'Campaign of litigation terror' leads to attorney's disbarment

A Taiwan-born graduate of Yale Law School who worked at several prestigious law firms in southern California was disbarred May 2, 1997, after engaging in a what one judge described as "a campaign of litigation terror." LIANG-HOUH SHIEH [#128034], 49, also was characterized by one of the many attorneys who opposed him as "the benchmark by which all vexatious litigants in the state of California will be judged."

Shieh filed dozens of lawsuits against hundreds of defendants, most of them either former law partners or former employees. He moved between federal and state courts, filing and re-filing identical suits, and appealed every ruling against him, including at least four petitions to the state Supreme Court.

Repeatedly declared a vexatious litigant, he ignored prohibitions against filing additional suits.

Judges who ruled against him were branded racists and tools of big law firms by Shieh.

Sanctions of more than $500,000 were ignored.

Ultimately convicted of contempt in Los Angeles Superior Court, Shieh failed to appear for sentencing and remains at large.

Evidence in the State Bar case against Shieh filled 65 binders. His fight against the disciplinary charges included an effort to move the case to federal court and two appeals to the Ninth Circuit.

Between the mid-1980s and 1991, Shieh worked variously for O'Melveny & Myers; Gibson, Dunn & Crutcher; Graham & James; Lewis, D'Amato, Brisbois & Bisgaard; and Fulbright & Jaworski.

For three years after his employment with Fulbright & Jaworski was terminated, Shieh filed a series of suits against each firm, charging them with various state and federal causes of action, including RICO, wrongful termination, invasion of privacy, breach of contract and discrimination.

Filed again, typos and all

One case, dismissed in federal court, was later filed in state court, word for word, including the same misspellings and typos.

In another matter Shieh brought against three law firms, the defendants filed a motion to have him declared a vexatious litigant. Once such a motion is filed, litigation is stayed.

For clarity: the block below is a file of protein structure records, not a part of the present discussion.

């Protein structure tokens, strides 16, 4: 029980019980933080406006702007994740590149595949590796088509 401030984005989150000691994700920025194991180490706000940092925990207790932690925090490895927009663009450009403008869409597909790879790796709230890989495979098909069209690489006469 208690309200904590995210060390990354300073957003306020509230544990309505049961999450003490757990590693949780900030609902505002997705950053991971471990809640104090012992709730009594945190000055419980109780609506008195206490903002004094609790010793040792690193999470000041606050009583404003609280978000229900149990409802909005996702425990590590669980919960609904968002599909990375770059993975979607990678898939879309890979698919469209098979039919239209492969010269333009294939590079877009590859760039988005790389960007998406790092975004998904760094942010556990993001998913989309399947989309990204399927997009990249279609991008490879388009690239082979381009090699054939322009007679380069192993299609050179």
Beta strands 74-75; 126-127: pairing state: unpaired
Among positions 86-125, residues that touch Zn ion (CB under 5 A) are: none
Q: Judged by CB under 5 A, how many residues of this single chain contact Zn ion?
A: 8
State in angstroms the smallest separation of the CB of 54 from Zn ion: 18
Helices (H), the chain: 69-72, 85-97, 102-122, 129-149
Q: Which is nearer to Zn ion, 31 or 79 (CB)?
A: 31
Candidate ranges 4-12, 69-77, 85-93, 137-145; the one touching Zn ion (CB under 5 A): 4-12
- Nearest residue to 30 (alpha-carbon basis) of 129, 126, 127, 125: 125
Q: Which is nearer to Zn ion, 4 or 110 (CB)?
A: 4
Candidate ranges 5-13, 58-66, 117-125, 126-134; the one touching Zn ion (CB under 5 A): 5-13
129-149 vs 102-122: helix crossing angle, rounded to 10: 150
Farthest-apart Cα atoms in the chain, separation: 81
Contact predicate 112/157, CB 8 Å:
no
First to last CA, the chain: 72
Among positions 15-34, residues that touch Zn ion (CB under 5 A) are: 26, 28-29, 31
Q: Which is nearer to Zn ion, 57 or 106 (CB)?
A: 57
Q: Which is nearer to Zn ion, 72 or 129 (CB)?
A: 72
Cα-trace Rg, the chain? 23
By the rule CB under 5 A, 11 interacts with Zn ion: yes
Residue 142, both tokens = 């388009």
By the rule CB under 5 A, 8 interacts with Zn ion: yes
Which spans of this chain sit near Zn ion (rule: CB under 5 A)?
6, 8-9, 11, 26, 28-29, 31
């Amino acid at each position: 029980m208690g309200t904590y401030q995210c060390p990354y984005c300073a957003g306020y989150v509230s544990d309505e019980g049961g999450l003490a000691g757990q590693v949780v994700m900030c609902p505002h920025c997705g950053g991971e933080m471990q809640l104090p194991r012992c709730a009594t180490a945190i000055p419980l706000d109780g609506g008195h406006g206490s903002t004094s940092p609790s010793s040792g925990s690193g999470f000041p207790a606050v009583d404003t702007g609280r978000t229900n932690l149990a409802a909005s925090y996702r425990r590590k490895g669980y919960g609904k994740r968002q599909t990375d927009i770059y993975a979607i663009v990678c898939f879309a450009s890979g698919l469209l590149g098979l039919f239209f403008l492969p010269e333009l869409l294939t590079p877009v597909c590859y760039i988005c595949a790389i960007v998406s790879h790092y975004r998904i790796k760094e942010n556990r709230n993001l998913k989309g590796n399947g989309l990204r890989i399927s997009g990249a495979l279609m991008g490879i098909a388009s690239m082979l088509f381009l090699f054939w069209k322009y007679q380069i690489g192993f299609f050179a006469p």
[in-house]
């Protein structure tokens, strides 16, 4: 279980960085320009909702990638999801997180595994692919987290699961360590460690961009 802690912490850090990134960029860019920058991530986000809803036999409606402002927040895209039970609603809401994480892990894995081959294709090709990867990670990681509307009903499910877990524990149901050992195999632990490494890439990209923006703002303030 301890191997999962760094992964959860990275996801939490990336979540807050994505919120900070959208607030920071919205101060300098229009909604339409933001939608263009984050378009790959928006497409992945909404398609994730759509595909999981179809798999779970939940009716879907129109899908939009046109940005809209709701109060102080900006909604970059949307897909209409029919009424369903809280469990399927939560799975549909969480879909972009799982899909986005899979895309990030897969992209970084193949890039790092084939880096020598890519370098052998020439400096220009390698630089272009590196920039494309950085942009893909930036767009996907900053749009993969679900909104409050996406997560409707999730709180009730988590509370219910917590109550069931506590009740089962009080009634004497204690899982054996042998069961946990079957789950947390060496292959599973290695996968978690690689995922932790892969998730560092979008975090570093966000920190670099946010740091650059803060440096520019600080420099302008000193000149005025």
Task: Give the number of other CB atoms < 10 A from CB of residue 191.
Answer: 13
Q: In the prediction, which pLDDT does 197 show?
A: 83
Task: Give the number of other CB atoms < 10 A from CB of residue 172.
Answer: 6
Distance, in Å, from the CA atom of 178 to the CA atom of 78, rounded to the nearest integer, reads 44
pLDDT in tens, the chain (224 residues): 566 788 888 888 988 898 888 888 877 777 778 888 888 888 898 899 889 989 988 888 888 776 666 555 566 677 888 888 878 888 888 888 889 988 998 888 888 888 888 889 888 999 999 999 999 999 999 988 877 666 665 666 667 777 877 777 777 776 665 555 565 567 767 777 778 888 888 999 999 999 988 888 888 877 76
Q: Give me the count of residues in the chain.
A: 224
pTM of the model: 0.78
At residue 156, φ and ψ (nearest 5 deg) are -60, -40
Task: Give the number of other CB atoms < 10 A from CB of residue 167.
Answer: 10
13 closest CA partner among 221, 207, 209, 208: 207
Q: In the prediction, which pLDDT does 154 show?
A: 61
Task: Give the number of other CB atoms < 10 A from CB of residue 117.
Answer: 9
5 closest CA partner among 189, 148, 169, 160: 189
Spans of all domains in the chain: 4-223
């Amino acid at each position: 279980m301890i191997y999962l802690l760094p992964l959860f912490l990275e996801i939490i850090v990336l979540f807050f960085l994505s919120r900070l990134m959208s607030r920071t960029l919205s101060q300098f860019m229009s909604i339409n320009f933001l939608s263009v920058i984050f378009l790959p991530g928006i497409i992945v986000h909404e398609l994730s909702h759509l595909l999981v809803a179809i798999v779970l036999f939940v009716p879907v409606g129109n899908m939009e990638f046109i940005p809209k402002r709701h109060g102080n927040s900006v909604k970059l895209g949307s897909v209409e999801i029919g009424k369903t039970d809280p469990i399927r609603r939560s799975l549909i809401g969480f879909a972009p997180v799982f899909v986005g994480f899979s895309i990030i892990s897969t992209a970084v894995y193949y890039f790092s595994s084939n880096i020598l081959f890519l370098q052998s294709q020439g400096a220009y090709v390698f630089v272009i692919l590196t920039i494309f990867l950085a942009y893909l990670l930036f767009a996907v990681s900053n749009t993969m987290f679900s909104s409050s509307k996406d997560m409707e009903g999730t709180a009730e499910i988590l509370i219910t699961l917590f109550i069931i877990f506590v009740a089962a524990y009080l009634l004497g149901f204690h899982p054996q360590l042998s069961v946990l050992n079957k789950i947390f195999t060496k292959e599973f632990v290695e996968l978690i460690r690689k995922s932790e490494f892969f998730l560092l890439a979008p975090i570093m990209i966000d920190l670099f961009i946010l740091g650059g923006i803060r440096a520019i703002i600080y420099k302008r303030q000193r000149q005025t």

Nonetheless, Shieh filed a motion to seek a continuance of the hearing, compel depositions of 32 defendants, stay defendants' discovery until completion of his discovery and award sanctions, and asked for a contempt ruling against the defendants.

When his motion was denied and Shieh was sanctioned and declared a vexatious litigant, he filed six motions for reconsideration. When those were denied and Shieh was sanctioned further, he filed 12 more motions. He then filed a voluminous first amended complaint, adding a new plaintiff.

After Shieh's case was dismissed, he went to the Court of Appeal, which threw out the appeal as harassment and concluded that the new plaintiff was an alter ego used "to circumvent the provisions of the vexatious litigant statute."

In another case, Shieh sued a former attorney who had sued him for wages Shieh owed. He also sued her boyfriend, her sister and two banks. Shieh listed himself and another attorney on the pleadings; the other attorney, who had recommended against filing the case, successfully petitioned to withdraw. Shieh eventually sued that attorney as well.

Sanctions of more than $337,000

In an order for sanctions of more than $100,000, the court noted 17 acts by Shieh or his attorney as grounds for sanction. They included Shieh's service of three sets of form interrogatories requiring responses from each of 340 defendants, and numerous frivolous disqualification motions against a superior court judge.

Another sanction order for $237,000 found 30 violations by Shieh, including frivolous and outrageous pleadings and numerous premature writs to stymie actions in the superior court.

Shieh was "at war" with the courts, individual judges, his former law firms and attorneys who were his ex-employees, the bar court said. His efforts to disqualify a judge were "purely a vindictive matter," it added.

In disbarring Shieh, the State Bar Court found that he failed to report sanctions, pursued litigation for corrupt motives, filed unjust litigation, and did not maintain respect for courts and judges.

Noting that Shieh is "defiant and unrepentant," Judge Eugene Brott wrote, "The judicial system was stymied by [Shieh's] wasteful and meritless litigation. . . His actions were in bad faith and motivated by base and improper aims.

"His tactics as a whole are devoid of any consideration for the victims of his 'war'."

Shieh's petition for writ of review to the California Supreme Court was denied.